If you are using a Bluetooth enabled device, be it a smartphone, laptop, smart TV or any other IoT device, you are at risk of malware attacks that can carry out remotely to take over your device even without requiring any interaction from your side.
Security researchers have just discovered total 8 zero-day vulnerabilities in Bluetooth protocol that impact more than 5.3 Billion devices—from Android, iOS, Windows and Linux to the Internet of things (IoT) devices—using the short-range wireless communication technology.
Using these vulnerabilities, security researchers at IoT security firm Armis have devised an attack, dubbed BlueBorne, which could allow attackers to completely take over Bluetooth-enabled devices, spread malware, or even establish a “man-in-the-middle” connection to gain access to devices’ critical data and networks without requiring any victim interaction.
Cyber threats are growing in number and strength and the future of cybersecurity is looking ever more complex and challenging. Organizations are therefore turning to analytics and automation to aid cyber specialists in their job.
While cybersecurity can be a complex and challenging field, some aspects of it are all too clear. The number of threats to large organizations is growing rapidly, as is the number of bad actors who create them and the number of systems at risk from cyberattacks. Statista, a statistics portal, estimates that there are 22.9 billion connected devices in 2016, and predicts they will grow to 50 billion by 2020.1 The Internet of Things (IoT) will create massive needs and problems for cybersecurity as millions of devices come online. Data breaches are increasing, according to one report, by 85 percent a year, and in 2016, half a billion personal records were stolen or lost.2 How can organizations possibly keep up with such a scary growth trajectory?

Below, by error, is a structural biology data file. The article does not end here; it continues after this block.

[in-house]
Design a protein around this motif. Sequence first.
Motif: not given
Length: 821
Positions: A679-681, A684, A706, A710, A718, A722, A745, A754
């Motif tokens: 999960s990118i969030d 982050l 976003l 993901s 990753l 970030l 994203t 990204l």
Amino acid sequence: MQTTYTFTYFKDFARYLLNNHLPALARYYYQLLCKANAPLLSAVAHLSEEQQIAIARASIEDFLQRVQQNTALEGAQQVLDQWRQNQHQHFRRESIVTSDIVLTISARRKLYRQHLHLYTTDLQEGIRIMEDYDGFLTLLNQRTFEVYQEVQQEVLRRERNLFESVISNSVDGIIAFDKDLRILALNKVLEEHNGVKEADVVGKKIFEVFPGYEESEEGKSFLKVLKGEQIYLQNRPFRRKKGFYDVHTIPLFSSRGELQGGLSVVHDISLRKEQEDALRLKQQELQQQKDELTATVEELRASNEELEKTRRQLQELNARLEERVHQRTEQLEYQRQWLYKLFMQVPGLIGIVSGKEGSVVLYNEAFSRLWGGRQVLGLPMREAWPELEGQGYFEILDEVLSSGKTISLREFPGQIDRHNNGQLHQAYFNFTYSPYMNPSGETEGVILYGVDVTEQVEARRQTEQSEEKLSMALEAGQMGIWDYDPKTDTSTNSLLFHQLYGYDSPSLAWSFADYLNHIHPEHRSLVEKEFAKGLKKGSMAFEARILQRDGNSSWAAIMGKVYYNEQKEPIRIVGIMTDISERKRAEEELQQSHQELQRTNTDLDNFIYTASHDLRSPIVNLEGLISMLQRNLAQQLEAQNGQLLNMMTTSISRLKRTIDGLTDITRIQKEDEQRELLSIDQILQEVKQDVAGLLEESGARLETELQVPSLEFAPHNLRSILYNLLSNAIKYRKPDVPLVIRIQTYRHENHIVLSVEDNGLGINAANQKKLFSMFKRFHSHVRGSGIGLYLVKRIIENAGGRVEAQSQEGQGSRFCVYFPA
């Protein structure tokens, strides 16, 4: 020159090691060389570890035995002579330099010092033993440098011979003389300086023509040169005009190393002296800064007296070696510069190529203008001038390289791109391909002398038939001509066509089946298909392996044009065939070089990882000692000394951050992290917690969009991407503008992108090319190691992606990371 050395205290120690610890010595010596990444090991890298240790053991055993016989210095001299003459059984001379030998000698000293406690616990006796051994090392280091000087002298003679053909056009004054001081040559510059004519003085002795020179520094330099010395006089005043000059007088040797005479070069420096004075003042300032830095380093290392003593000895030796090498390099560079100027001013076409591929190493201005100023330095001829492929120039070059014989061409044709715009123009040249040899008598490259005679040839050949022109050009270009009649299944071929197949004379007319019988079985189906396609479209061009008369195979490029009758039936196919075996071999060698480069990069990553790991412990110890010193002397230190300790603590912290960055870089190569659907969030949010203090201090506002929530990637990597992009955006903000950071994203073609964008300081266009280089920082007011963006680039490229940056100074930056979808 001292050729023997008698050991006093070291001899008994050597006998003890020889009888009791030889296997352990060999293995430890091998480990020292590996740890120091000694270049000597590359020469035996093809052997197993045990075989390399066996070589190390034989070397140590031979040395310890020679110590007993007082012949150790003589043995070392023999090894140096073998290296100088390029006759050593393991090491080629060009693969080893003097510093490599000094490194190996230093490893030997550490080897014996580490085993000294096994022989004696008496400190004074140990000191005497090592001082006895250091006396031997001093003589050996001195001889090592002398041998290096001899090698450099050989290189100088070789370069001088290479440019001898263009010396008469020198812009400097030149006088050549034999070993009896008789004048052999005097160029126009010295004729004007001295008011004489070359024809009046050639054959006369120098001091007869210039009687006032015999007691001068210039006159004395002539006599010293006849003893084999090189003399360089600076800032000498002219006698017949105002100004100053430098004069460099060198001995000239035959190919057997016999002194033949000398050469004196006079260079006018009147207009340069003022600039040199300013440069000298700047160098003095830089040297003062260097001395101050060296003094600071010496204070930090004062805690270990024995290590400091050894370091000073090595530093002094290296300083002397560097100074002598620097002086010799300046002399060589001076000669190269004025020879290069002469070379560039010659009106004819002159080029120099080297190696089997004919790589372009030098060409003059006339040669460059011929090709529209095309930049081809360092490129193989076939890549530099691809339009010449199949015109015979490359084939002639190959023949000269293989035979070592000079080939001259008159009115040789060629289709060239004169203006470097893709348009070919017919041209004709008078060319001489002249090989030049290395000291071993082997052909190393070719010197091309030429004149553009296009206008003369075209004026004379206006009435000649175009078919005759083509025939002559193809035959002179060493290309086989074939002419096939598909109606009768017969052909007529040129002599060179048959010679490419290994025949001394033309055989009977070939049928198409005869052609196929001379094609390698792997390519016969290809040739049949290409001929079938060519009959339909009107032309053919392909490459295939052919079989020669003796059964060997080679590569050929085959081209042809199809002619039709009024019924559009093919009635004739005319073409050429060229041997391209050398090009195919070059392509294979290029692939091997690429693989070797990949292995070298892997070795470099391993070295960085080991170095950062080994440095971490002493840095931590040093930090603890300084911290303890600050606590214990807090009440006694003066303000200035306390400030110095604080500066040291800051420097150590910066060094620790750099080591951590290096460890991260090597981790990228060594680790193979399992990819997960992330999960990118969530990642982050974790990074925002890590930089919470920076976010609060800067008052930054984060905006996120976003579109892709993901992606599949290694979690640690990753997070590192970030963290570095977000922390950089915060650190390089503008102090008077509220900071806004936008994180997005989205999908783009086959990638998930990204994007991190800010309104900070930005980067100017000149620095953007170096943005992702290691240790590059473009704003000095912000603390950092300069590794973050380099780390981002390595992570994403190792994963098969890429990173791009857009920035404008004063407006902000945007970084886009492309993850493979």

In other domains of business that are subject to massive numbers of entities, a typical approach is to employ analytics and automation. These tools identify the most important events and entities. In customer analytics, for example, the normal approach is to segment customers by their value, focus on the most important ones, and predict what those customers are likely to buy. Automated offers can be customized to each customer’s preferences.
By Swati Khandelwal
Whenever we feel like the Locky ransomware is dead, the notorious threat returns with a bang.
Recently, researchers from two security firms have independently spotted two mass email campaigns, spreading two different, but new variants of the Locky ransomware.
Lukitus Campaign Sends 23 Million Emails in 24 Hours
The campaign spotted by researchers at AppRiver sent out more than 23 million messages containing Locky ransomware in just 24 hours on 28 August across the United States in what appears to be one of the largest malware campaigns in the second half of this year.
Security researchers at ESET have discovered a new malware campaign targeting consulates, ministries and embassies worldwide to spy on governments and diplomats.